plasticine block print from a strawberry leaf

Plasticine Block Printing

In this post you will discover how to make beautiful detailed printing blocks from plasticine. It is quick and simple and has lots of potential for experimentation with textures and pattern making. The technique we are using here involves pressing textures into the flat surface of soft plasticine to create unique printing blocks.

What is plasticine?

vintage plasticine packaging
the original plasticine

I’d be surprised if you’ve never played with plasticine. This non-drying modelling clay was invented by William Harbutt in 1897, and since then it has been loved by generations of children and adults.

It has been used for childrens creative play, modelling in schools, making moulds for casting, creating flexible animation figures like Wallace and Grommet, and of course printing blocks.

Plasticine is a trade mark, and you can also get a similar material called ‘new clay’ or ‘new plast’. All these contain oil so it is best to use inks you can clean off with water because solvents like white spirit will dissolve the surface creating a sticky goo.

Plasticine for printmaking

a block, a leaf and the print
plasticine block, leaf and print

The thing that makes plasticine so great for printing blocks is that it is soft enough to a detailed impression, yet firm enough to be inked up and printed. 

Warm it up to make it softer and put it in the fridge to cool it down and make it hard if needed.

Here is a short video with a demonstration of making and printing your own unique plasticine blocks.

For plasticine printing you will need;

rolling pin, ink pad and pallet knife
basic kit for plasticine block printing
  • Plasticine, of course.
    * A rolling pin (or some kind of smooth cylinder) here I am using a tube of mastic.
    * A palette knife or piece of stiff plastic to cut the blocks straight.
    * A damp sponge for cleaning ink off the blocks.
    * An ink stamp pad.



water based block printing ink with roller and tile
water based block printing ink

If you don’t have an ink pad use water based printing ink (or at a pinch, poster paint) and a roller. I use a plastic floor tile to roll the ink out on.

Also get an opened out newspaper and some paper to print on. Paper with a smooth surface works best.

plasticine printing blocks from leaves and feathers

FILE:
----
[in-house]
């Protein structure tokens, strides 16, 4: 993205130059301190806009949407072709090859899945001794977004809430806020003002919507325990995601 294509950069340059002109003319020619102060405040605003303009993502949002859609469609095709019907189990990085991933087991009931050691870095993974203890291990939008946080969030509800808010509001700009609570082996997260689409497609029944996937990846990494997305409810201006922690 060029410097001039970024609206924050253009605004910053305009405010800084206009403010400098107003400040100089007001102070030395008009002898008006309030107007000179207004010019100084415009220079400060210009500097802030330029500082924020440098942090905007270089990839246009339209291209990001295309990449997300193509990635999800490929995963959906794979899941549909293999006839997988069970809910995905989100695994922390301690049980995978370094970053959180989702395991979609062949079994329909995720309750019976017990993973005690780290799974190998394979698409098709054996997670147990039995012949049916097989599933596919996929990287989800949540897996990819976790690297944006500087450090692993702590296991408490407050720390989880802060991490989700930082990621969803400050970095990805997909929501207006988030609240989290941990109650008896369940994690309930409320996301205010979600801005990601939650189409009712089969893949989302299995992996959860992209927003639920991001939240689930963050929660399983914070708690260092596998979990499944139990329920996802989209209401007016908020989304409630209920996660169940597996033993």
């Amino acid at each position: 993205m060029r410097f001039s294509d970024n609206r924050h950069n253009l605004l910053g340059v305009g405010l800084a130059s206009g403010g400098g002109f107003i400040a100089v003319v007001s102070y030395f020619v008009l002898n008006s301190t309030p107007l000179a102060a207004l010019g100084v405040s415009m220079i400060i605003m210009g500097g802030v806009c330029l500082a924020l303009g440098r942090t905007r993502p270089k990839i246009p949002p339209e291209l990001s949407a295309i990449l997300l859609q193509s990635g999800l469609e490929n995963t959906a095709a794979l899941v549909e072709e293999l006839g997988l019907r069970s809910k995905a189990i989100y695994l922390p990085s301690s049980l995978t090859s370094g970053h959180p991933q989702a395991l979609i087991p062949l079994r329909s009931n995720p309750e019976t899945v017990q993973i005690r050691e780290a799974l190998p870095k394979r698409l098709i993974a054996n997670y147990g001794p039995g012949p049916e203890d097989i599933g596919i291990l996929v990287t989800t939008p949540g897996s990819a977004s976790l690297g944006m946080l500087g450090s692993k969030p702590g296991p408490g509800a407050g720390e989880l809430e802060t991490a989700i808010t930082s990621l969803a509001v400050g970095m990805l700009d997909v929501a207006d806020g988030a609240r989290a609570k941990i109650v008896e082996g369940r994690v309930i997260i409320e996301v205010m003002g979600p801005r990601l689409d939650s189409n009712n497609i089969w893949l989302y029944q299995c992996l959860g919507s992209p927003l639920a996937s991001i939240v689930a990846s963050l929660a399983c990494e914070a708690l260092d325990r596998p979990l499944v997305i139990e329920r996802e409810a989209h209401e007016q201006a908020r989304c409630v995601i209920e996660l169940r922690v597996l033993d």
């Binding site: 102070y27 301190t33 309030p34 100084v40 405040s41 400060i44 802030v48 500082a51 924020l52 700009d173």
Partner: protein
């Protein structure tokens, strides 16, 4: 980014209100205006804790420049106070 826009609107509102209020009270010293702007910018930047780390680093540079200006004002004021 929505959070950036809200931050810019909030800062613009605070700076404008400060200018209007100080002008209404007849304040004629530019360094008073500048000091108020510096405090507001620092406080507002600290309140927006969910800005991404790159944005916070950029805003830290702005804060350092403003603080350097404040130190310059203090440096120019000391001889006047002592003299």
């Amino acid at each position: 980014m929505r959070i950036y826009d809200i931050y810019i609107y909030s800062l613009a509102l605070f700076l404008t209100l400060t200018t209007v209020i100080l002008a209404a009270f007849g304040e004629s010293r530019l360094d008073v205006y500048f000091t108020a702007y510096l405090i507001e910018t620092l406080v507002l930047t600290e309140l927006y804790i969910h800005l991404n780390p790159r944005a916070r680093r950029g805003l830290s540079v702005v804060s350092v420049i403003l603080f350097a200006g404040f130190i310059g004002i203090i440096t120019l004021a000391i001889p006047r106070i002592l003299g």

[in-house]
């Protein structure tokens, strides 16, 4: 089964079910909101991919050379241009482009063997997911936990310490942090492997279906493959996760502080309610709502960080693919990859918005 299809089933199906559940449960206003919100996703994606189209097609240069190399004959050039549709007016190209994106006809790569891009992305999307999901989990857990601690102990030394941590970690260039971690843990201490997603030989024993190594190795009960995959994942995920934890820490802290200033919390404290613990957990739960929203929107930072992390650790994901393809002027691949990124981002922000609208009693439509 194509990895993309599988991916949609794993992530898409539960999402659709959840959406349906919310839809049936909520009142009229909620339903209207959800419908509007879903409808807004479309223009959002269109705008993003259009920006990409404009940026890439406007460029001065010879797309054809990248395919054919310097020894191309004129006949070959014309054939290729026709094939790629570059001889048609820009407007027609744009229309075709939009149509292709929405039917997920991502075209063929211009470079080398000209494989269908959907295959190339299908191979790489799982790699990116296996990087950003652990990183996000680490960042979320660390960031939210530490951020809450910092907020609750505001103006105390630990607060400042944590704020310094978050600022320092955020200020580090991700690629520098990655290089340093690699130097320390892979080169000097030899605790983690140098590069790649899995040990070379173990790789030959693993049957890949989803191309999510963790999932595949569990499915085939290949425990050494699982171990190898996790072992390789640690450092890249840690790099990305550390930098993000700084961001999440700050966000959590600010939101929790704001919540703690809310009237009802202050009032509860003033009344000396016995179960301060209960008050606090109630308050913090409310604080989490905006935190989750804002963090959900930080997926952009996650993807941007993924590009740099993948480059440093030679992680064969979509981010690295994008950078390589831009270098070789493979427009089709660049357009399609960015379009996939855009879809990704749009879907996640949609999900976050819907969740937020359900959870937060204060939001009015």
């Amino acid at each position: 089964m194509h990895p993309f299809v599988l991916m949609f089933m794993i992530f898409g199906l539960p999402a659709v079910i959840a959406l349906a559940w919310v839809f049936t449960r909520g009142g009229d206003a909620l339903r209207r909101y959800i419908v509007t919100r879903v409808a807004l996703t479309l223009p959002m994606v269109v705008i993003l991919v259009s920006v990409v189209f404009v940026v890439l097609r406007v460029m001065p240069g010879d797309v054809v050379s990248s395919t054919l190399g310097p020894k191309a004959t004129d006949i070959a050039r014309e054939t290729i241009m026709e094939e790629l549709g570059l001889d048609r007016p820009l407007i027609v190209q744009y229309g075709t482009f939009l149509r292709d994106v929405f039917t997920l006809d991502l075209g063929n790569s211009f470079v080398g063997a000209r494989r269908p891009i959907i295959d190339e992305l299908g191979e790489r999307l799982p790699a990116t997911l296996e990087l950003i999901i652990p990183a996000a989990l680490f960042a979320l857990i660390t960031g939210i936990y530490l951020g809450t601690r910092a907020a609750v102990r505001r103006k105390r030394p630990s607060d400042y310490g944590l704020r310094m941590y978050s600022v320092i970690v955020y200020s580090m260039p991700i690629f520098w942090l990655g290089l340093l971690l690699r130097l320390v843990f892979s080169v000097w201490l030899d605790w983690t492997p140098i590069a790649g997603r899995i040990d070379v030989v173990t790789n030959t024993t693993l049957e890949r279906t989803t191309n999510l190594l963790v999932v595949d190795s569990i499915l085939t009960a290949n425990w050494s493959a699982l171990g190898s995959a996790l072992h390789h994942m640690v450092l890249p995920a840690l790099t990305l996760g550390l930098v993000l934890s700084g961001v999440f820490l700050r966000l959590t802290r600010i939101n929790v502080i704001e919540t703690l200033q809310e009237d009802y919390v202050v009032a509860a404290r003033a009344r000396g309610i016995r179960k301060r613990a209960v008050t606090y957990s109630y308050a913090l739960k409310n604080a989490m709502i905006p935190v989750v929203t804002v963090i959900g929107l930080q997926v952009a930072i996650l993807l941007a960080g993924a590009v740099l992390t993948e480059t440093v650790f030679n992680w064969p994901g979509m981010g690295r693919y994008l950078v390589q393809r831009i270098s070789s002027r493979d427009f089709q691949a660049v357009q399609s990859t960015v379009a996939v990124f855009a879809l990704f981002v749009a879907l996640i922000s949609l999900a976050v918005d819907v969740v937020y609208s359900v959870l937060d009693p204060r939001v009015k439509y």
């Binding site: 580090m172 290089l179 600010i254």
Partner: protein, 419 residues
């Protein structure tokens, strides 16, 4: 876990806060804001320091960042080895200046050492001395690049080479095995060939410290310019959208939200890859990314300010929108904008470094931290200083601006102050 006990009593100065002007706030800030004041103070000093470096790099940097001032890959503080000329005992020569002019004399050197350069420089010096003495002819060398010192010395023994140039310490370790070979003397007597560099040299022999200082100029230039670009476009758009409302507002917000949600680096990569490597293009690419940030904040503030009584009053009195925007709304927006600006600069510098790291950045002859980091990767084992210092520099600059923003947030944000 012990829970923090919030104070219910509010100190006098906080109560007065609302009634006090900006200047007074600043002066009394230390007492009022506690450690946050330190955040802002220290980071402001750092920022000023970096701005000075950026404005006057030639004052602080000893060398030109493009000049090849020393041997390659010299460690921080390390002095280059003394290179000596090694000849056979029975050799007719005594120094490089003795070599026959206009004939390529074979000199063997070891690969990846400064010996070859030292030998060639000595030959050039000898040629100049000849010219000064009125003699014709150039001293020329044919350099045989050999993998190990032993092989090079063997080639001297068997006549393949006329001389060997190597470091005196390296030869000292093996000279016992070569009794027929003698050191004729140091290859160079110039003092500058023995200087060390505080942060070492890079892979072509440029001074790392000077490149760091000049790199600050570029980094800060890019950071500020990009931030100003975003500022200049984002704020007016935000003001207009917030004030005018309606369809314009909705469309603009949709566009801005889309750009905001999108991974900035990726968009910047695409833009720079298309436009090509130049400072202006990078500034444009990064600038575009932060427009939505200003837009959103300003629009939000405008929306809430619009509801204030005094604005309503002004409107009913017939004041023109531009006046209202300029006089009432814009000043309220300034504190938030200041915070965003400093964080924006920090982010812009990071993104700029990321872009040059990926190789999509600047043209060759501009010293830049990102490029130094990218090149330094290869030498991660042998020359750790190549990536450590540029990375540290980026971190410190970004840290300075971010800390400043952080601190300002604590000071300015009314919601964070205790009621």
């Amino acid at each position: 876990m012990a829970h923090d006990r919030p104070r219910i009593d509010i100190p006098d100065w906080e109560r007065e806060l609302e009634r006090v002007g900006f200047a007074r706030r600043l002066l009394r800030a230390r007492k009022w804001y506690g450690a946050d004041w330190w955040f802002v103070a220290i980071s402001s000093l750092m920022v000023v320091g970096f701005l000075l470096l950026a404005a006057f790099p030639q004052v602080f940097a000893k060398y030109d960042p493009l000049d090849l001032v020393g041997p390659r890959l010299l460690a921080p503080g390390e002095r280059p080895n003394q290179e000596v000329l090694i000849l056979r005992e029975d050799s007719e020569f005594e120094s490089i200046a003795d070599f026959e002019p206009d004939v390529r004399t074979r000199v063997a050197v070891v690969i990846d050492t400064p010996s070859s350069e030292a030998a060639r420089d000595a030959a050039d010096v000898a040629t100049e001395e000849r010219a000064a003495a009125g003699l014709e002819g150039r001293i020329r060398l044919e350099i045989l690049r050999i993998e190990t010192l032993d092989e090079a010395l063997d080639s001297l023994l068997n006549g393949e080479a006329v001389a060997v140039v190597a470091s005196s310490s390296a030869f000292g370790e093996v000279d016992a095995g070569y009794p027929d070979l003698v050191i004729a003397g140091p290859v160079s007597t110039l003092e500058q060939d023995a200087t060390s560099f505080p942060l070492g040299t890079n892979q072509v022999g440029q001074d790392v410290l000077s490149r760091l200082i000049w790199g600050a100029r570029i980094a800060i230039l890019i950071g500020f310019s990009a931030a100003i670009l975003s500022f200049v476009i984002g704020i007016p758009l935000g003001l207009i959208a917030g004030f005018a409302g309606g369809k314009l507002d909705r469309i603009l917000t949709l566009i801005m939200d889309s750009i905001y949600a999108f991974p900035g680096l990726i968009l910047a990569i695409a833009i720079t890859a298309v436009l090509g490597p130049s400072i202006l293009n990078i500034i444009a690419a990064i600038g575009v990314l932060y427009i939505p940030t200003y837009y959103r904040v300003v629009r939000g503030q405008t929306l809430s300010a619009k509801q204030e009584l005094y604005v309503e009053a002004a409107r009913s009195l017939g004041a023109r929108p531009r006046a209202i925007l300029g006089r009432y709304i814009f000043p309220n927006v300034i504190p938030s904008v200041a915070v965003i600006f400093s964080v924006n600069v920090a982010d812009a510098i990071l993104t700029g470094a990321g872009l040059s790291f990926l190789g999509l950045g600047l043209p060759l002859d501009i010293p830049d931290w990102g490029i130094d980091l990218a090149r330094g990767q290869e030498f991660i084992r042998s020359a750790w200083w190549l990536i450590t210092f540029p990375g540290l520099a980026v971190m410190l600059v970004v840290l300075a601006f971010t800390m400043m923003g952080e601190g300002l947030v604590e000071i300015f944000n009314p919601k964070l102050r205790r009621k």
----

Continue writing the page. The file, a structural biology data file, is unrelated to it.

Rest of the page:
plasticine printing blocks from leaves and feathers

Textured things to press in to the block

In these examples I have used leaves and feathers. Make a collection of different types of leaf, use them as fresh as you can, include flowers and grasses too – you never know how things will turn out till you try them. Why not try lace and other textured fabrics as well, or packaging, bubble wrap…

You can also take your plasticine to the texture; things like tree bark, wood grain, the pavement or other things in your environment are all worth a try.

Make a plasticine printing block

The video shows how to do this – here are some written instructions too.

Soften the plasticine buy leaving it in a warm place, then pull off a lump and knead it into a ball. Press this on to a flat surface and roll it a bit with your rolling pin.

With your leaf on the table, lay the plasticine flat side down on top of it, carefully roll it again to press the plasticine onto the leaf.

Lift up the plasticine and peel the leaf off. You can leave it in its natural rounded shape or cut the edges straight using the palette knife. (This helps to fit it on the ink pad if it has got too big!)

Printing the block on paper

Press the plasticine block onto the ink pad. Alternatively ink up your roller and roll ink onto the block.

Lay your printing paper onto the opened out newspaper. (The newspaper pads the table and provides a soft surface.) Press the inky side of your printing block down onto the paper, then lift it off.

If you like it, keep going – try different arrangements and combinations of textures. If it you don’t like it wipe the ink off, squish the plasticine up and roll it out again.

Ideas to try

a square block printed in a brick wall pattern
a square block printed in a brick wall pattern
plasticine block prints on coloured paper
block prints on coloured paper

Print on coloured paper, mix different shaped blocks up

Fade out the ink; keep printing the block without re-inking it

block prints getting lighter
The colour fades out

Tessellate blocks in different ways; grids, brick walls, or with uneven spacing

a grid pattern from feather prints
square feather prints in a grid pattern

More things to try

Block prints have traditionally been used to decorate book covers. They also make lovely cards and letter headings.

Block printing is a great way to create repeating fabric designs, you will need fabric printing inks for this if you want your material to be washable though. For some other fabric printing activities see this post.

Nature printing

If you enjoy making prints directly form nature have a look at the posts for different ways to make prints from leaves and feathers.

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4 thoughts on “Plasticine Block Printing

  1. Andy

    What a great post! Thank you for the video. I’ve just tried this with my two daughters. It worked really well. We didn’t have any plasticine, but instead used some clay they had brought home from school a while ago. We had to top up our ink pads with old fountain pen cartridges which was messy, but worked well!

    Reply
  2. Lynn Lerigo

    Thank you Emily, I will give this a try with the small group of chiuldren I am working with in school next week. Our theme for next week is Our Beautiful World, so it fits in well!

    Reply

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